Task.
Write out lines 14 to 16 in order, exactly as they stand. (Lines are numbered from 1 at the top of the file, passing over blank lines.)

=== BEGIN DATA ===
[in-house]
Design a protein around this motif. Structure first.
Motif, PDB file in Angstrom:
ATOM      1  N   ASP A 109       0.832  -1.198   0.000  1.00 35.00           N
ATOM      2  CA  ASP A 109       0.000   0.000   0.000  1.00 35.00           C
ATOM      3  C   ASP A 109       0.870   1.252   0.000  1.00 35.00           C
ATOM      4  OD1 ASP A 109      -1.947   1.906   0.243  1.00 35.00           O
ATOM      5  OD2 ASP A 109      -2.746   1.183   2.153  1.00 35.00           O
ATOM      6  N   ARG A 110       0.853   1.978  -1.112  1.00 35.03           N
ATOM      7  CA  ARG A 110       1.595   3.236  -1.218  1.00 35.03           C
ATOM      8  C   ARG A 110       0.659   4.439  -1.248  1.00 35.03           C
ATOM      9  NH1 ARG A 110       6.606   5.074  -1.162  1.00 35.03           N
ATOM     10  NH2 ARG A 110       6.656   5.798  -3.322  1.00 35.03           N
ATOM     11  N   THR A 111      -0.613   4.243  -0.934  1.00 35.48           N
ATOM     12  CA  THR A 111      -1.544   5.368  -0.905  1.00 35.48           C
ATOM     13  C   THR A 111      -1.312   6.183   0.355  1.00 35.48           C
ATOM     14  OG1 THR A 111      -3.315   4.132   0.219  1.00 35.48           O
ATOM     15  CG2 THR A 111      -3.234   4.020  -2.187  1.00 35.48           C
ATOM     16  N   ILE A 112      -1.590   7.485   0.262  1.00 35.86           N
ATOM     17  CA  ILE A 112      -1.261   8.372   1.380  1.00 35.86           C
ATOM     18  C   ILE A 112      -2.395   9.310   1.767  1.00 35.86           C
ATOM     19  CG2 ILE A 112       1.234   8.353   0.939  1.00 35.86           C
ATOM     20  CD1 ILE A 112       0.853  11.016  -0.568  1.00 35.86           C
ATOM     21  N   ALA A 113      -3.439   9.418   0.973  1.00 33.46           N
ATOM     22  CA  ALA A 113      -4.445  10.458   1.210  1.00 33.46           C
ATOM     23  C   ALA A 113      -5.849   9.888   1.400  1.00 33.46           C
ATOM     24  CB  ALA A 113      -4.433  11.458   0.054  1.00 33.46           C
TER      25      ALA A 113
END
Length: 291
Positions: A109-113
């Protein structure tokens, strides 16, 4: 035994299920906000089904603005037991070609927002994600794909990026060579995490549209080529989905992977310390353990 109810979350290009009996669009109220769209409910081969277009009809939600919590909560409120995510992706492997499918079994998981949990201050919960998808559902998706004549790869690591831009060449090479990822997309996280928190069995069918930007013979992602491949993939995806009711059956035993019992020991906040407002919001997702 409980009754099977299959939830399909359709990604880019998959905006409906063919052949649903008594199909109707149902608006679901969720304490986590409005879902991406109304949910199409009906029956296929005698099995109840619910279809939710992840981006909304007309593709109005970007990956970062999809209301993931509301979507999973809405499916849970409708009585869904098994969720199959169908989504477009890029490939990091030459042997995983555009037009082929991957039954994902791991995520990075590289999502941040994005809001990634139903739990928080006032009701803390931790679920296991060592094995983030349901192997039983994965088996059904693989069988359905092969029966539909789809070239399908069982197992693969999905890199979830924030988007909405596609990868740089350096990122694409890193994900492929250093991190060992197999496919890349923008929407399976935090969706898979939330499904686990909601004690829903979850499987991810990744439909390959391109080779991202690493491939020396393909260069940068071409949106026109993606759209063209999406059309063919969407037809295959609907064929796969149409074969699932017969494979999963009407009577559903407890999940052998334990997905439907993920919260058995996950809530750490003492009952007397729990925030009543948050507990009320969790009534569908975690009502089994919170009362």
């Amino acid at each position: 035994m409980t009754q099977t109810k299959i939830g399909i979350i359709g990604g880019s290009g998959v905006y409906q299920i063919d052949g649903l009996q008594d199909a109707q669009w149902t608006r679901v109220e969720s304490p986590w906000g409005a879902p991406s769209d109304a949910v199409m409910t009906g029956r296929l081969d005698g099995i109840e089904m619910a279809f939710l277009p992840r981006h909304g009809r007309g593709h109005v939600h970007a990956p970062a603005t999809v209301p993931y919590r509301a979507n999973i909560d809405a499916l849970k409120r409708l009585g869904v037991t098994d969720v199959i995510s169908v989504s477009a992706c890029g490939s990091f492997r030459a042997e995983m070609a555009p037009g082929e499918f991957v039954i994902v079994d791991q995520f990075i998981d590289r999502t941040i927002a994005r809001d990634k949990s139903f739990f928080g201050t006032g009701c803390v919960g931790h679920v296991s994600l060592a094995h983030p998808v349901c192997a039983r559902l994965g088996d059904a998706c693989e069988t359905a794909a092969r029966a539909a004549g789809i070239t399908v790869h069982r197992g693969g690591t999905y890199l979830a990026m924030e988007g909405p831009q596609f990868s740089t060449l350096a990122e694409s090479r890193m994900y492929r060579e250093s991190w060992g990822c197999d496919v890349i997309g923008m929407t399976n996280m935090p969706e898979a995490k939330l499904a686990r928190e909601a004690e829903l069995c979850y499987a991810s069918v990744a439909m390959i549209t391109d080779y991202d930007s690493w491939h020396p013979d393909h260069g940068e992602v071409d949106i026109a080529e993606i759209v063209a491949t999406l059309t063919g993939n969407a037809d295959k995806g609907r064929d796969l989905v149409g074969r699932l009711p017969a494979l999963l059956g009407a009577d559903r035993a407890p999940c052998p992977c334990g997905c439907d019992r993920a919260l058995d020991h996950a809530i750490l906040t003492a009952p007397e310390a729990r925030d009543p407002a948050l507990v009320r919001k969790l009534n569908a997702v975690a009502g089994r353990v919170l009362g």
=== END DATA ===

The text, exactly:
ATOM     11  N   THR A 111      -0.613   4.243  -0.934  1.00 35.48           N
ATOM     12  CA  THR A 111      -1.544   5.368  -0.905  1.00 35.48           C
ATOM     13  C   THR A 111      -1.312   6.183   0.355  1.00 35.48           C